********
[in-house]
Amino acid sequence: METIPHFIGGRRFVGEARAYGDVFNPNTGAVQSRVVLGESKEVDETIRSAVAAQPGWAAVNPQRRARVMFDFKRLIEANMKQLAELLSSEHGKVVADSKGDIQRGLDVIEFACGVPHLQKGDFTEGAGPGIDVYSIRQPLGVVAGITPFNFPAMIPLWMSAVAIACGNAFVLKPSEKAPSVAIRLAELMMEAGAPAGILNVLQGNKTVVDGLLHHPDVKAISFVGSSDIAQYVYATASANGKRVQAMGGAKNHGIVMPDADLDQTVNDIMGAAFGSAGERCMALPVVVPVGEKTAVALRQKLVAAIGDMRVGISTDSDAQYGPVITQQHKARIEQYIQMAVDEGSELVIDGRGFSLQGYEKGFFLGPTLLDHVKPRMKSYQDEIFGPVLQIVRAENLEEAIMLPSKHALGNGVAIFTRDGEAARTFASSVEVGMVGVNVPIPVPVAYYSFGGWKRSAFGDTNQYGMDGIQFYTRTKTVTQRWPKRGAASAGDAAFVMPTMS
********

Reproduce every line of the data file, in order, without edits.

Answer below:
[in-house]
Amino acid sequence: METIPHFIGGRRFVGEARAYGDVFNPNTGAVQSRVVLGESKEVDETIRSAVAAQPGWAAVNPQRRARVMFDFKRLIEANMKQLAELLSSEHGKVVADSKGDIQRGLDVIEFACGVPHLQKGDFTEGAGPGIDVYSIRQPLGVVAGITPFNFPAMIPLWMSAVAIACGNAFVLKPSEKAPSVAIRLAELMMEAGAPAGILNVLQGNKTVVDGLLHHPDVKAISFVGSSDIAQYVYATASANGKRVQAMGGAKNHGIVMPDADLDQTVNDIMGAAFGSAGERCMALPVVVPVGEKTAVALRQKLVAAIGDMRVGISTDSDAQYGPVITQQHKARIEQYIQMAVDEGSELVIDGRGFSLQGYEKGFFLGPTLLDHVKPRMKSYQDEIFGPVLQIVRAENLEEAIMLPSKHALGNGVAIFTRDGEAARTFASSVEVGMVGVNVPIPVPVAYYSFGGWKRSAFGDTNQYGMDGIQFYTRTKTVTQRWPKRGAASAGDAAFVMPTMS